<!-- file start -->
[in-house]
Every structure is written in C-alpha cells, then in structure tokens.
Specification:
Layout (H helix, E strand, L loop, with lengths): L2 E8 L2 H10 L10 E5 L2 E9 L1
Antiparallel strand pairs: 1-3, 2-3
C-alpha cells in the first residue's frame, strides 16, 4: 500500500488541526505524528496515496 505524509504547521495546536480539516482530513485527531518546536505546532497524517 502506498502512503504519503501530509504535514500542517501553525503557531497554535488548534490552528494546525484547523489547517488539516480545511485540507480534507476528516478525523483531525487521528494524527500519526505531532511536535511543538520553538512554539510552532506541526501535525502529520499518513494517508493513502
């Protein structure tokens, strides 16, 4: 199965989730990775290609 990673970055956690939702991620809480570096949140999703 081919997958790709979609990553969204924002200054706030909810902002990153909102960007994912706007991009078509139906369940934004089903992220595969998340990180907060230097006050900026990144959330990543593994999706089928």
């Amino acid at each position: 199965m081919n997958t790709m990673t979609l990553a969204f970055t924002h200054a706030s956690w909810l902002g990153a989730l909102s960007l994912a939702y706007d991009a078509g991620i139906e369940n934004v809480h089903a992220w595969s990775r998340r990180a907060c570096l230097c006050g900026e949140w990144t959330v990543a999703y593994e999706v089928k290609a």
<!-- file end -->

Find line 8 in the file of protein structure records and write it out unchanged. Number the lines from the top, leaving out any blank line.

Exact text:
């Amino acid at each position: 199965m081919n997958t790709m990673t979609l990553a969204f970055t924002h200054a706030s956690w909810l902002g990153a989730l909102s960007l994912a939702y706007d991009a078509g991620i139906e369940n934004v809480h089903a992220w595969s990775r998340r990180a907060c570096l230097c006050g900026e949140w990144t959330v990543a999703y593994e999706v089928k290609a």